A view of the U.S. Capitol dome on Jan. 26, 2022. (Architect of the Capitol/U.S. Government Works)
2022 will be a year we’ll remember for a long time.
Facing war in Eastern Europe, economic uncertainty driven by the highest inflation in decades, still dealing with the effects of a deadly pandemic, and running out of time to act on climate, Congress — yes, Congress — decided to do something about it.
The Inflation Reduction Act, which was signed into law by President Joe Biden last month, will make historic investments in clean energy and good-paying jobs, all while lowering people’s health care and energy costs. Perhaps most importantly, the act is paid for by nudging the federal tax code closer to one where greedy corporations and wealthy individuals stop avoiding paying their fair share.
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Despite Congressional leaders and President Biden agreeing broadly on the need for action, Washington D.C. politics was the main barrier to passing anything. But just when all hope seemed lost, word came of a deal. Real steps toward a fairer tax code for working people, lower health care and energy costs, and most importantly policies that will cut climate-harming pollution by 40% by 2030.
Who was at the center of passing the biggest single investment in climate sustainability in world history? Colorado’s U.S. Sens. Michael Bennet and John Hickenlooper.
While many gave up hope of a deal, Bennet and Hickenlooper worked tirelessly to hammer one out. Perhaps it’s because they’re acutely aware of the need for action having seen the devastation of the Marshall Fire and Glenwood Canyon mudslides firsthand. Perhaps it’s because both have a reputation for being moderates themselves that they were able to persuade Sens. Joe Manchin and Krysten Sinema to support it. Whatever the reason, they got it done.
As much as the Inflation Reduction Act invests in the fight against climate change, we have more work to do to ensure a livable future for our children and grandchildren.
The Inflation Reduction Act will lower costs and fight climate change by providing consumers with big tax credits on new energy efficient appliances, electric vehicles, and other products. These policies will reduce pollution, save people money, and buy us much-needed time to find bigger solutions to protect our communities and our environment from climate change. Coloradans will also be protected from big price increases on health insurance, and older Coloradans save money on prescription drugs they get through Medicare.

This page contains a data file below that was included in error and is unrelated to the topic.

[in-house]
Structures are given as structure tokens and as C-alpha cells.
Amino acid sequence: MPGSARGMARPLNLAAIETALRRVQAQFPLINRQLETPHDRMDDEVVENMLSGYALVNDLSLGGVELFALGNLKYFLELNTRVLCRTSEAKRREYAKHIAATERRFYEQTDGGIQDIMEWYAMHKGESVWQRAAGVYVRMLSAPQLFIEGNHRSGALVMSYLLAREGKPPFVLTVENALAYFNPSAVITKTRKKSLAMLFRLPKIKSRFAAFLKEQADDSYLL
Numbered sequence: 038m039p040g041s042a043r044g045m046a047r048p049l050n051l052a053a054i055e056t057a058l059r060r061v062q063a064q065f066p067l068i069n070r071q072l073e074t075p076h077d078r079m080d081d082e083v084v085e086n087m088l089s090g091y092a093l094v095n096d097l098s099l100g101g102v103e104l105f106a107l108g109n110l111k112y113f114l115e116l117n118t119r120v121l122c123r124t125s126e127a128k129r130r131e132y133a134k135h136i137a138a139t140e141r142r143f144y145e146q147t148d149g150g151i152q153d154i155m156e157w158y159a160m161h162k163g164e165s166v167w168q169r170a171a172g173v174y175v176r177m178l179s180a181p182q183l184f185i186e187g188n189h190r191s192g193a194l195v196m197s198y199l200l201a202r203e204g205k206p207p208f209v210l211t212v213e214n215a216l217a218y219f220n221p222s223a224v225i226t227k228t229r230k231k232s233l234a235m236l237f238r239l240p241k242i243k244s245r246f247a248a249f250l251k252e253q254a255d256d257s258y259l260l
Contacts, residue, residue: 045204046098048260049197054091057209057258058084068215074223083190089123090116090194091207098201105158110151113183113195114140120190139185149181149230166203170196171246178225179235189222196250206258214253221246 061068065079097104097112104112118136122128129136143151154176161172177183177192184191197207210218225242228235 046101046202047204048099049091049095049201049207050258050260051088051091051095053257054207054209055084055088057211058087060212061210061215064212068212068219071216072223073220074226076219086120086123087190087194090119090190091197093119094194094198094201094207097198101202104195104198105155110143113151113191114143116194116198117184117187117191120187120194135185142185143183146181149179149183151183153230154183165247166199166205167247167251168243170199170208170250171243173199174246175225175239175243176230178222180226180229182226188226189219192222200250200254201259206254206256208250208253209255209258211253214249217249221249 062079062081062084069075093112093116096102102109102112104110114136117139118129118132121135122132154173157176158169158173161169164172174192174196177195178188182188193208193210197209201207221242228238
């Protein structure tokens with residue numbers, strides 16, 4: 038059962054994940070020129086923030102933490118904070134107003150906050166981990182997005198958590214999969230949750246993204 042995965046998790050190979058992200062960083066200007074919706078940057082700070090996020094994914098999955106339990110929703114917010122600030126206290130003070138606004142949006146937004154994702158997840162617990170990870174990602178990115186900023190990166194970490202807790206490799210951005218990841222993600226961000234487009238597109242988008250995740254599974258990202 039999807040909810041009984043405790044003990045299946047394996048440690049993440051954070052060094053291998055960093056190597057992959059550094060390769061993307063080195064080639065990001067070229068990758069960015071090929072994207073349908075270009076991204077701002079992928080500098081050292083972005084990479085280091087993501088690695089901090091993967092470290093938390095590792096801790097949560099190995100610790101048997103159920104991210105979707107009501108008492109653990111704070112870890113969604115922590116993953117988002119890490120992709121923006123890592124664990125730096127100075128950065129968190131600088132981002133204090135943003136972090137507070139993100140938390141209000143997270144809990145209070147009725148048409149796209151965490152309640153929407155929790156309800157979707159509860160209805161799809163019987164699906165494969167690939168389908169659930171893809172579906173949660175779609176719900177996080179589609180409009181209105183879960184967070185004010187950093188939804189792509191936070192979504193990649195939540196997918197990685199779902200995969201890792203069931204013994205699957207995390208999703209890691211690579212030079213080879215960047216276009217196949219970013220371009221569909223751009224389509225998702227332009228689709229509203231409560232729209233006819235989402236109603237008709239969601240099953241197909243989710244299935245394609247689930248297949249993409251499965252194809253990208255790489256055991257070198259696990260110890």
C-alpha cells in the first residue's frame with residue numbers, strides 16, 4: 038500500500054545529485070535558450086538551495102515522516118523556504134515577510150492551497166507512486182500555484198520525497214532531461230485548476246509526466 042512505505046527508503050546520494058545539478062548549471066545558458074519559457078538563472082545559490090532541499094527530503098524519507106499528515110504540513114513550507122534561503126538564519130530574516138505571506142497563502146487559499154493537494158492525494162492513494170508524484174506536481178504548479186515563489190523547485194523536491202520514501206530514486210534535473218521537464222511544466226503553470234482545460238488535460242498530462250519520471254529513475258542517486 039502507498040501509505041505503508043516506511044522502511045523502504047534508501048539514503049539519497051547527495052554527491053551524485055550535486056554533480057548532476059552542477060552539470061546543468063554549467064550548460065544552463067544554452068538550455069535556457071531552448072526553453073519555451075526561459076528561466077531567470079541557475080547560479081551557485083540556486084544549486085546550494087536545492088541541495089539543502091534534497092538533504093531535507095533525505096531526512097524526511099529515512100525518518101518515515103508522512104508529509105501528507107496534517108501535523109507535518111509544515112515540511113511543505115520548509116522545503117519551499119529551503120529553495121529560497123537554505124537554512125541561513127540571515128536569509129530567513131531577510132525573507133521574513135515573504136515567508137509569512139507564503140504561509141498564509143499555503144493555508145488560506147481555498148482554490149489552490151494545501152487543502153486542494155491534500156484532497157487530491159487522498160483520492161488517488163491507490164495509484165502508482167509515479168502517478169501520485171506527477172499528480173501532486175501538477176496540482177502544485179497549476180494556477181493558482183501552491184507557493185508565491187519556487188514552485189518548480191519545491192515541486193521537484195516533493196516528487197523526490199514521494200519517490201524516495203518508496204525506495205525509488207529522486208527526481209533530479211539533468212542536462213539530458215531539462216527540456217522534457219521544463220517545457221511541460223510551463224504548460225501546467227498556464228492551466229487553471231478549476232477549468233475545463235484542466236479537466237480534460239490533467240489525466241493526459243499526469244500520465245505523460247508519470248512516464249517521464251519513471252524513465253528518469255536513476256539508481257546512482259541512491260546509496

That’s not to say it was all advocates were hoping for. Economically, the legislation should help tamp down some inflationary pressure, but the root causes of economic hardship and inequity must be addressed. College, child care, and housing all remain unaffordable for far too many families; our tax code still lets billionaires pay lower effective tax rates than working and middle class people, a disproportionate number of whom are people of color; and as much as the Inflation Reduction Act invests in the fight against climate change, we have more work to do to ensure a livable future for our children and grandchildren.
Even the bill itself was a compromise. Hickenlooper deserves praise for securing his policy ending the practice of noncompetitive leasing of oil and gas on public lands in the final bill, but we must acknowledge that tying onshore clean energy projects to federal oil and gas leasing is a step in the wrong direction. Though the corporate minimum tax and stock buyback excise tax is a good start, lawmakers failed to close other loopholes or simply raise rates on the very wealthiest people.
While the U.S. works to implement the Inflation Reduction Act and educate people about the cost-saving benefits, we have to keep looking forward. There remains unfinished business to address if we’re to have an economy and an environment that lets everyone build good, healthy, long lives for themselves and their families.
Even though we know there’s more work to do, it’s good to know Colorado has leaders with the skills and experience to get it done.
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